Montgomerie shifts focus to making British Open after bad week in Wales

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To play in his 22nd straight British Open in July, a struggling Colin Montgomerie must make it through a qualifying event next Monday.
By
Rob Murray
Associated Press

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After posting his worst halfway score in Europe in 20 years this week, Colin Montgomerie’s major mission now is to protect a proud qualifying record for the British Open that stretches a little longer.

Montgomerie has played in the British Open for 21 straight years since making his debut in 1990, but that streak will be broken unless he can navigate through a qualifying event at Sunningdale on Monday for the tournament at Royal St. George’s in July.

His first top-10 finish in almost three years after tying for seventh at the BMW PGA Championship at Wentworth last week raised hopes of a sustained return to form. However, he slumped to 15 over and last place in the Saab Wales Open on Friday, missing the cut on the Celtic Manor course where he captained Europe to a Ryder Cup victory last October.

That is his worst score on the European Tour since compiling 17 over at the 1991 Benson and Hedges International in St. Meillon, England.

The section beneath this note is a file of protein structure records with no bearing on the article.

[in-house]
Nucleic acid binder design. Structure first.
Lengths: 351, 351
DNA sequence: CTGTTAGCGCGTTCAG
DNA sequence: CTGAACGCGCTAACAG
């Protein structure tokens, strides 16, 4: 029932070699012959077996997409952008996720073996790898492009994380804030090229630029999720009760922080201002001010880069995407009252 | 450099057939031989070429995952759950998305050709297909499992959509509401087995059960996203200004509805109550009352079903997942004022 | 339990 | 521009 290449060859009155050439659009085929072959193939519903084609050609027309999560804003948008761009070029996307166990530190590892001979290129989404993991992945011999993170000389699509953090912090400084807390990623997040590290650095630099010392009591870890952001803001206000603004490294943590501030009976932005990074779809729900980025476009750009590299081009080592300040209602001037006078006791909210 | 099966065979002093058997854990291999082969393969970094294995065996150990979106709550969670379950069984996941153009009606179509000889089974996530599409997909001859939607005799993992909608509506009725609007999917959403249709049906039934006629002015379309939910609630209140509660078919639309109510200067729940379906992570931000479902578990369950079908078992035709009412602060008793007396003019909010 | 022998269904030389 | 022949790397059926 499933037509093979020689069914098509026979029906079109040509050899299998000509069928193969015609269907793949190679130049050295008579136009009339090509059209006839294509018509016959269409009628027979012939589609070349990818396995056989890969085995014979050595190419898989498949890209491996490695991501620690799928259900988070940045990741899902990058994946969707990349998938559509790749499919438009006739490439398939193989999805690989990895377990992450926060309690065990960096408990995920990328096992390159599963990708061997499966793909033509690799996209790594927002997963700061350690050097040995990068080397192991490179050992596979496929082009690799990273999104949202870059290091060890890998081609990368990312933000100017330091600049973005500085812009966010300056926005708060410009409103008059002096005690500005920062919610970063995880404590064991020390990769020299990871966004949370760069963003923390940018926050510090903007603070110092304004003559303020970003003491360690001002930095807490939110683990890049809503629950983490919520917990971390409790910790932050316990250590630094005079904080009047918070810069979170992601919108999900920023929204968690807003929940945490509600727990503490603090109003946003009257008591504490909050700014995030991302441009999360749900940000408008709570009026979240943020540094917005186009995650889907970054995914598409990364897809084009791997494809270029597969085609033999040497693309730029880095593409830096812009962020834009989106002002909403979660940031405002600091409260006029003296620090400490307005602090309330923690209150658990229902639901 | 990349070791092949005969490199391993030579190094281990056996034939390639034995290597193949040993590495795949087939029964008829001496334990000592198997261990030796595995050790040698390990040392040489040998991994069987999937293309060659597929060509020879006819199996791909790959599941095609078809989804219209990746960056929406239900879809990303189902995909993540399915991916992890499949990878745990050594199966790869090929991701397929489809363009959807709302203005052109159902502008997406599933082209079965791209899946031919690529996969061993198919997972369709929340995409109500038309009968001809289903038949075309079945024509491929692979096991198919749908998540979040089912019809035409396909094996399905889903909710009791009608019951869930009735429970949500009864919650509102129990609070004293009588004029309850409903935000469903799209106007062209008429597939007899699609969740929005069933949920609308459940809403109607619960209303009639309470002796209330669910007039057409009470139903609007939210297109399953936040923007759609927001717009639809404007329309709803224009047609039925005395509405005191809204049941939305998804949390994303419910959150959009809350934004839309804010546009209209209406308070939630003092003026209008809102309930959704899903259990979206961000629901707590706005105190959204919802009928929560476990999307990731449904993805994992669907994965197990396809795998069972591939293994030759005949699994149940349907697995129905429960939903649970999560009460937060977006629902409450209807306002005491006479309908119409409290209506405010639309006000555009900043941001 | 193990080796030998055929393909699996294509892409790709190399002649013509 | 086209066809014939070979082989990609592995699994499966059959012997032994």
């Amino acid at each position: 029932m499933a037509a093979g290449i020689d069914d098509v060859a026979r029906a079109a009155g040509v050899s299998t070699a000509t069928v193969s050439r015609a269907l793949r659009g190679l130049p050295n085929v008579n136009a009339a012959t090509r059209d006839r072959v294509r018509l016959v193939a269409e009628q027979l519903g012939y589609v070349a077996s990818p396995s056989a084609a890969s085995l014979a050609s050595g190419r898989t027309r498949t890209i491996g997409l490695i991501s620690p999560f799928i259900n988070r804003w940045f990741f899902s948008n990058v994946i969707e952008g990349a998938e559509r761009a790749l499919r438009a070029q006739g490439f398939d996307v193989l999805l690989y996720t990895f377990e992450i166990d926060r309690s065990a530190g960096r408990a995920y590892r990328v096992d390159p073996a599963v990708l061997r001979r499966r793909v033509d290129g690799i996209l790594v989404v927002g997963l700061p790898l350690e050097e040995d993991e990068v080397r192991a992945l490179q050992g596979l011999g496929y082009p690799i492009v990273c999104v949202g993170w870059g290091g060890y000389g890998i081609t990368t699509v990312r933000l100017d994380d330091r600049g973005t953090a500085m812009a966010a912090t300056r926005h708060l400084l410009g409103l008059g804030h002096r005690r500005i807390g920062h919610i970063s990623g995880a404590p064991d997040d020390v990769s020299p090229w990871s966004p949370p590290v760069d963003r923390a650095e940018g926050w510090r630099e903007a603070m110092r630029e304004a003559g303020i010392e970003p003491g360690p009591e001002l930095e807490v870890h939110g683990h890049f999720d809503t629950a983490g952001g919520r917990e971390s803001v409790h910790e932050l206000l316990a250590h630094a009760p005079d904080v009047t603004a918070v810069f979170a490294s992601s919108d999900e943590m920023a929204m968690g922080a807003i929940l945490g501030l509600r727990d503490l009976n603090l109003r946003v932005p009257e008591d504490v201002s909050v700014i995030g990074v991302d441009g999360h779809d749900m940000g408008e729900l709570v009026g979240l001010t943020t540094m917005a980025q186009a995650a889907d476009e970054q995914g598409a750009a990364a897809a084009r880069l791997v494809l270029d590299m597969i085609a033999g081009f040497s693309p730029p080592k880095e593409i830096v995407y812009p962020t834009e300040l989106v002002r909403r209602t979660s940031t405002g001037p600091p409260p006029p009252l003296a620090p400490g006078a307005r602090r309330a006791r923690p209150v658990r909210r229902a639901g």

After opening with a 7-over 78, Montgomerie double-bogeyed Nos. 12 and 16 and added four more bogeys in a 79. He drove into the water, chipped over the green at one hole and three-putted on two others.

“I just played awful and I’m very disappointed not to be playing at the weekend, never mind contending,” Montgomerie said. “It has become very important for me, qualifying at Sunningdale now.

“I’ve not had a year where I have not competed in a major before, so I want to keep that,” he stressed. “I’ve played in the Open for 21 years in a row and I want to keep that record going. So it’s become quite important that I compete and get through on Monday, very important.”

Possessing eight European Order of Merit titles, an unbeaten Ryder Cup singles record and 31 European Tour victories to sit fourth on the all-time list, Montgomerie is widely regarded as one of the best players to have never won a major -- as demonstrated by five runner-up finishes and a career-high ranking of No. 2.

But he turns 48 later this month and will likely look back at the 2006 U.S. Open at Winged Foot as having been his best chance to change that unwanted statistic. On that occasion, he let a one-stroke lead coming into the last hole turn into a loss by the same margin to Geoff Ogilvy of Australia.

A day after his stirring finish at Wentworth, Montgomerie struggled physically in playing 36 holes on Monday at Walton Heath in a doomed attempt to compete at the U.S. Open from June 16-19.

Playing a limited schedule of tournaments in recent years due to Ryder Cup and business interests has affected the Scot’s fitness, a facet of his game that has never been a strong point.

“I’m not 25 anymore, you know,” Montgomerie said. “It takes its toll trying to compete against guys that are only doing this, and guys that are less than half my age only doing this. It does take its toll. It’s unfortunate but that’s the way it is and I’ve got to accept that sometimes.

“I played OK last week but that’s once in a bloody blue moon,” he added. “That’s not enough to shout home about, and then you’re back to square one here -- with a bump.”